fire from the gunboats as the Marines went in. This rain of shells
crept ahead of the tanks and infantrymen as they tenaciously slogged
their way across the island.

[Illustration:

    ENIWETOK
    (DOWNSIDE)
    ATOLL

_The capture of this atoll followed a carefully planned sequence,
using a variety of geographic points: (1) entrance of U.S. ships into
the lagoon through Wide Passage in the south and Deep Entrance in
the southeast; (2) artillery set up on “Camellia” and “Canna” in the
northeast; (3) landing on Engebi in the north; (4) landing on Eniwetok
in the south; and, finally (5) landing on Parry in the southeast._]

As always, there was the unexpected. When a shell from a U.S. warship
hit directly on top of an underground bunker, all the Japanese inside
poured out and ran--of all places--into the sea. Another shell hurled a
coconut tree aloft and catapulted the body of an enemy sniper from its
branches through the air to his death.

[Illustration: _Cpl Anthony P. Damato, V Amphibious Corps, was
posthumously awarded the Medal of Honor for having saved the lives of
his fellow Marines by throwing himself on a Japanese hand grenade._

    Department of Defense Photo (USMC) 303037
]

For the assault troops, it was a continuing story of “spider holes,”
tunnels, underground strong points, and enemy resistance to the death.
Another young Marine, Second Lieutenant Cord Meyer, Jr., in his first
combat fought on both Eniwetok and Parry. The grueling experiences
he had were typical of everyone who took part in these battles. He
was landed with his machine gun platoon in the second wave of assault
troops, three minutes after the first men to hit the beach on Eniwetok.
Moving quickly inland, the platoon came to the edge of a blasted
coconut grove. Then, as the lieutenant later wrote home:

  We were hard hit there, and with terrible clarity the reality of
  the event came home to me. I had crawled forward to ask a Marine
  where the Japs were--pretty excited really and enjoying it almost
  like a game. I crawled up beside him but he wouldn’t answer. Then I
  saw the ever widening pool of dark blood by his head and knew that
  he was dying or dead. So it came over me what this war was, and
  after that it wasn’t fun or exciting, but something that had to be
  done.

  Fortune smiled on me that day, or the hand of a Divine Providence
  was over me, or I was just plain lucky. We killed many of them in
  fighting that lasted to nightfall. We cornered fifty or so Imperial
  [Japanese] Marines on the end of the island, where they attempted
  a banzai charge, but we cut them down like overripe wheat, and they
  lay like tired children with their faces in the sand.

  That night was unbelievably terrible. There were many of them left
  and they all had one fanatical notion, and that was to take one of
  us with them. We dug in with orders to kill anything that moved. I
  kept watch in a foxhole with my sergeant, and we both stayed awake
  all night with a knife in one hand and a grenade in the other.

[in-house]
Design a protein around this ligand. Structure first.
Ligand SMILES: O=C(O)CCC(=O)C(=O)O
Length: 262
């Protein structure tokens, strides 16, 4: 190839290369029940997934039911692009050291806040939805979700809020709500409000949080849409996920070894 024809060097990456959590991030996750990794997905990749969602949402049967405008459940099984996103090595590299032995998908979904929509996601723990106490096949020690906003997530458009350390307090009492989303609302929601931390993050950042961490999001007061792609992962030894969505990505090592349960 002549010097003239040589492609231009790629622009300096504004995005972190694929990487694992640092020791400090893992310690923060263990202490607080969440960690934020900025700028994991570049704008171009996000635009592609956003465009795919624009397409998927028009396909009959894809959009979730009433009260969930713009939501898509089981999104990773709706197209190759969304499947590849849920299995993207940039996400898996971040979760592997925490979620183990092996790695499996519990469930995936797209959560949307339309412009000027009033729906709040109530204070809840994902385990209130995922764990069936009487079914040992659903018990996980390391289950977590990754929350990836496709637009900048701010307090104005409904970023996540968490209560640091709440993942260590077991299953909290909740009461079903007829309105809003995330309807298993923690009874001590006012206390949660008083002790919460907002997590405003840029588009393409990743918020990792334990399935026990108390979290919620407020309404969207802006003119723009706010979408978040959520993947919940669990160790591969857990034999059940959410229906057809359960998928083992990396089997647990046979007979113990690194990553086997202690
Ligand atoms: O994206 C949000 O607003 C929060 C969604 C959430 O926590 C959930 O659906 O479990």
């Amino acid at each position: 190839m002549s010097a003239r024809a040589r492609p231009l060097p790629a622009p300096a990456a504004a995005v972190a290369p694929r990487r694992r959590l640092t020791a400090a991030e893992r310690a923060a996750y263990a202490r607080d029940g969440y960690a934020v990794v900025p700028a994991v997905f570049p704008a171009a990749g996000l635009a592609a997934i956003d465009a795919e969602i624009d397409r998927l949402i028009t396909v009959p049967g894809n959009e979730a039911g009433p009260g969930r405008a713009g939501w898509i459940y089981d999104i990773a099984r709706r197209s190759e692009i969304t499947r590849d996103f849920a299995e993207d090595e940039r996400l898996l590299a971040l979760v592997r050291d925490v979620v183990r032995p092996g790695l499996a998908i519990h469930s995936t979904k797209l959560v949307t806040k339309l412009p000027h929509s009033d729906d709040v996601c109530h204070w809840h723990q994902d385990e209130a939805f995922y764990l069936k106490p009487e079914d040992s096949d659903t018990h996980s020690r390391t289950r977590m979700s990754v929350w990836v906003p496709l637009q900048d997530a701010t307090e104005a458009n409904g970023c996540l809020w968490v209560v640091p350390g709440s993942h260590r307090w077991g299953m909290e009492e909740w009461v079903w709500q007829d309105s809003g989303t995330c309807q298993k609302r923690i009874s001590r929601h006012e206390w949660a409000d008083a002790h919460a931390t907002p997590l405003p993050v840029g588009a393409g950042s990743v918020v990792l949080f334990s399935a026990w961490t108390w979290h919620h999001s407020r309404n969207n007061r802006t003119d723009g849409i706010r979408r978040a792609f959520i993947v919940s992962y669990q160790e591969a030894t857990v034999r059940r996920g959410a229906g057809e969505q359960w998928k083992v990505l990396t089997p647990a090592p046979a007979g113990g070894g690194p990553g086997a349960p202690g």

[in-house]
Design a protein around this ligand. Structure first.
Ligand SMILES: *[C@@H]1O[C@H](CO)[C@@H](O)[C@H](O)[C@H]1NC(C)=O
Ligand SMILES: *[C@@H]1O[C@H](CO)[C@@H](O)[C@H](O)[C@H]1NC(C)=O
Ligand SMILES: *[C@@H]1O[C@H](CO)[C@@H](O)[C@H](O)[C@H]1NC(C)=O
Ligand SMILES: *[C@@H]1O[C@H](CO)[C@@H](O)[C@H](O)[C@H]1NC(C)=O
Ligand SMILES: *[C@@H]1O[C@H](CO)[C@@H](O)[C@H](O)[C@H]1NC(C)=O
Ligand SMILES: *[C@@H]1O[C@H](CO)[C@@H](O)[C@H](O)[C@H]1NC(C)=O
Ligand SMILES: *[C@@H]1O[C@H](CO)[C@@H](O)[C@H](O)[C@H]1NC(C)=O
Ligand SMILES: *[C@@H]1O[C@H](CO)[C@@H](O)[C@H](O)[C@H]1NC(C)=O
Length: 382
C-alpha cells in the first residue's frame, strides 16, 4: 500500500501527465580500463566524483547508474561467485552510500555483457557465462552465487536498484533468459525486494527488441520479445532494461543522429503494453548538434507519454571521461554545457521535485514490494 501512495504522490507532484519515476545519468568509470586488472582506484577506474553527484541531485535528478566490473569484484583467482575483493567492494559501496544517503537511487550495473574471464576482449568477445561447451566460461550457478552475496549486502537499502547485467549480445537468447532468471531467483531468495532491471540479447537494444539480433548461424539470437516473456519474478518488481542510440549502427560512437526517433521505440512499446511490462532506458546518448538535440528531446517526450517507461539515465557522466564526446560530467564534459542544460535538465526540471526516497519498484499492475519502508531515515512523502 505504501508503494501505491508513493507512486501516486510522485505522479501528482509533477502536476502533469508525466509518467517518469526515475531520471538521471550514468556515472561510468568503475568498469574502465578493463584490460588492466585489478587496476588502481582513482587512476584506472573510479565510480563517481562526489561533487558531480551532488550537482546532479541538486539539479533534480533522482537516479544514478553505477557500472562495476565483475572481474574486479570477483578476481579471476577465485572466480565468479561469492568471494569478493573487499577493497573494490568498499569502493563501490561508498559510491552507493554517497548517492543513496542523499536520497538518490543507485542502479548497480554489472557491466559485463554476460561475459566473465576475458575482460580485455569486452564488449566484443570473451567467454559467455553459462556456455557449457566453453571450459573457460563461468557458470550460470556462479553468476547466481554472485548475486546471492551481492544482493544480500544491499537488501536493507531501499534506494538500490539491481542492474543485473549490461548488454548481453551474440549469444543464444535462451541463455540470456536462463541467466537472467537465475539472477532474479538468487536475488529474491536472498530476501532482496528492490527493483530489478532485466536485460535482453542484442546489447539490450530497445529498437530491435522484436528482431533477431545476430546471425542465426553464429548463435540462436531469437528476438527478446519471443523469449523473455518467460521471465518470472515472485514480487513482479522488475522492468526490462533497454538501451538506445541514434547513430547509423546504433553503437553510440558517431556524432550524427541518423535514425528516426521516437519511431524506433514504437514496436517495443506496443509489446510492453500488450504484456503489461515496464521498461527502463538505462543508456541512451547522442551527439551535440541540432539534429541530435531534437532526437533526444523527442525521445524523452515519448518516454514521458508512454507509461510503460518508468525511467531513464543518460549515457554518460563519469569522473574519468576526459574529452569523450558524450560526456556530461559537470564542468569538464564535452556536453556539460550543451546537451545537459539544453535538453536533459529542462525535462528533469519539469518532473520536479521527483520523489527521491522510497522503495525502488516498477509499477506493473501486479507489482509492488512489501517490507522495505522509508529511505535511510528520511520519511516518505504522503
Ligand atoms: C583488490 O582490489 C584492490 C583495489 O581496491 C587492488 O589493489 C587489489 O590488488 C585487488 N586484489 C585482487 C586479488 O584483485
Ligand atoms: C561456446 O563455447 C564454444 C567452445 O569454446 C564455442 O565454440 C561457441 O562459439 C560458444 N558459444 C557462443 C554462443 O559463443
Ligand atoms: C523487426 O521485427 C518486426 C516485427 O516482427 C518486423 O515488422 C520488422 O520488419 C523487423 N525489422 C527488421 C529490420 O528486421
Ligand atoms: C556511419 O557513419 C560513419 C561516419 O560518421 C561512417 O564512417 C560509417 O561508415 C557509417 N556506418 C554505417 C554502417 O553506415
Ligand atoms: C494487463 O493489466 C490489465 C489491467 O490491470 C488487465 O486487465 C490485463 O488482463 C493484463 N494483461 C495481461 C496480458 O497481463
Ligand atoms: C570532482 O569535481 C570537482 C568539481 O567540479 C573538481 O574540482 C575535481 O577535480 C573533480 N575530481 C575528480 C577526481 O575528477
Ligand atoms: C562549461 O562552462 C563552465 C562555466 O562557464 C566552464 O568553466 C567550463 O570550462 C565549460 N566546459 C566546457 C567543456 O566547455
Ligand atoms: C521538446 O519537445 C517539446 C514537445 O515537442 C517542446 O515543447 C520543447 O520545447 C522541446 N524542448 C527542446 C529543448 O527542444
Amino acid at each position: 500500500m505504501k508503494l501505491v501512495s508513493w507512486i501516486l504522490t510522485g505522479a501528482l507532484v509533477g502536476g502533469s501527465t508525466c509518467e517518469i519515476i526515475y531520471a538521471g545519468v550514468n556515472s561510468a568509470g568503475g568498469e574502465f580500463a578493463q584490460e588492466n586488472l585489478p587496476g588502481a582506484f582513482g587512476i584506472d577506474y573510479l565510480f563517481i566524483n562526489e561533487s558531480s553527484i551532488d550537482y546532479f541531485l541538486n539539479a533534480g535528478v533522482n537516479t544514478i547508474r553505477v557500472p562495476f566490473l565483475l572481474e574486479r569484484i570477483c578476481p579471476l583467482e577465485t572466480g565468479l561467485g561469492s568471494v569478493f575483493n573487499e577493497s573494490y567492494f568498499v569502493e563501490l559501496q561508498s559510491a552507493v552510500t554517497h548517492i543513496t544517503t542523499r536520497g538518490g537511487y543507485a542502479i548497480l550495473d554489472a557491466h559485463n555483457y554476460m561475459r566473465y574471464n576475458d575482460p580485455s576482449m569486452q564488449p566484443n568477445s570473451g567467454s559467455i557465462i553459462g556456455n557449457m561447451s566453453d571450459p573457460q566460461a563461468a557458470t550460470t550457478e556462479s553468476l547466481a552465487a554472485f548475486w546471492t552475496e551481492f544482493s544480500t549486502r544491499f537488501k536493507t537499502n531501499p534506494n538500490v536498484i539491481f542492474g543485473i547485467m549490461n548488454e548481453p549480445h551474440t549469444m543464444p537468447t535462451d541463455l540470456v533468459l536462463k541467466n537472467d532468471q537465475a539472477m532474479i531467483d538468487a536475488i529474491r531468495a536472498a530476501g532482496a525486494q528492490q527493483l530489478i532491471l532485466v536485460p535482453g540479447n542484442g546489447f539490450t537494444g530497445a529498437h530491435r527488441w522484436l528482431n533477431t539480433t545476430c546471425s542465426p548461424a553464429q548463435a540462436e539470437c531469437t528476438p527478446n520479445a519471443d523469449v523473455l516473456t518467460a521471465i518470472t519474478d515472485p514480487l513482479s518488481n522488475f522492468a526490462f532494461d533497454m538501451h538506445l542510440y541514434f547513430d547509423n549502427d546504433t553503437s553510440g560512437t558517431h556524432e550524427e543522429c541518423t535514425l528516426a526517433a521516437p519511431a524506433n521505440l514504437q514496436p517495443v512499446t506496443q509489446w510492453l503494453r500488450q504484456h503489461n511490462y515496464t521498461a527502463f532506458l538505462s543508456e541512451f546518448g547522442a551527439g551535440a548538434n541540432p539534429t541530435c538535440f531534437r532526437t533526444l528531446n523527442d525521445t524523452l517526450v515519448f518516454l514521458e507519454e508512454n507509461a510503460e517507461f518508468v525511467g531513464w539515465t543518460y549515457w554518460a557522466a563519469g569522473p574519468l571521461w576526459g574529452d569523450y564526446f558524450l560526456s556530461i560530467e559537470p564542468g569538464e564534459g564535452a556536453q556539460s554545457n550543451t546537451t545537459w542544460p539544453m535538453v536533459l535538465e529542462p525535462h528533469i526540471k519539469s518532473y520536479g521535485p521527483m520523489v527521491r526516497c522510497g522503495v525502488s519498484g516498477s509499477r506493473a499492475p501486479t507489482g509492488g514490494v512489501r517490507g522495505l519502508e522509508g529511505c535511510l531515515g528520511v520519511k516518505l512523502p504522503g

They crept in among us, and every bush or rock took on sinister
  proportions. They got some of us, but in the morning they all lay
  about, some with their riddled bodies actually inside our foxholes.
  With daylight it was easy for us and we finished them off. Never
  have I been so glad to see the blessed sun.

With that battle over, the lieutenant and his men were hustled back on
ship. For a day and a night they were “desperately trying” to get their
gear into proper shape to go right back into combat. The following
morning, they went in on the attack on Parry.

[Illustration:

    Department of Defense Photo (USMC) 72434

_Poised in a shallow trench, riflemen of the 22d Marines await the
order to attack an enemy coconut-log strongpoint on Eniwetok. While the
most of the men are carrying M1 rifles, the flamethrower in their midst
may well prove crucial._]

They found the beach was swept with machine-gun and mortar fire, but
they surged inland over ruined, shell-blasted soil rocked by the
continual mortar bursts. Then their captain suddenly pointed, and
above the brush line they saw 150 or so men bending forward, moving
on a parallel course about 50 yards away. The Marines, however,
waved, thinking that they must be fellow Marines. The men paid little
attention to the Marines and seemed to be setting up machine guns. The
realization struck home: they were Japanese.

[Illustration: _F6F “Hellcat” fighters from carrier decks played an
important part in the U.S. Navy’s elimination of Japanese airpower on a
number of islands in the Marshalls, as well as in the devastating air
strikes supporting the assault landings._

    Department of Defense Photo (Navy) 80-K-100
]

The lieutenant by now had just half a platoon of men and two machine
guns. They set the guns up and started firing at the enemy. One gun
jammed, so they buried the parts in the sand, because they thought
that the Japanese would charge and they couldn’t possibly stop it or
prevent the capture of the gun. When they didn’t attack, the Marines
moved in against them. The two sides threw grenades back and forth
for what seemed like hours. Many were killed on both sides. Finally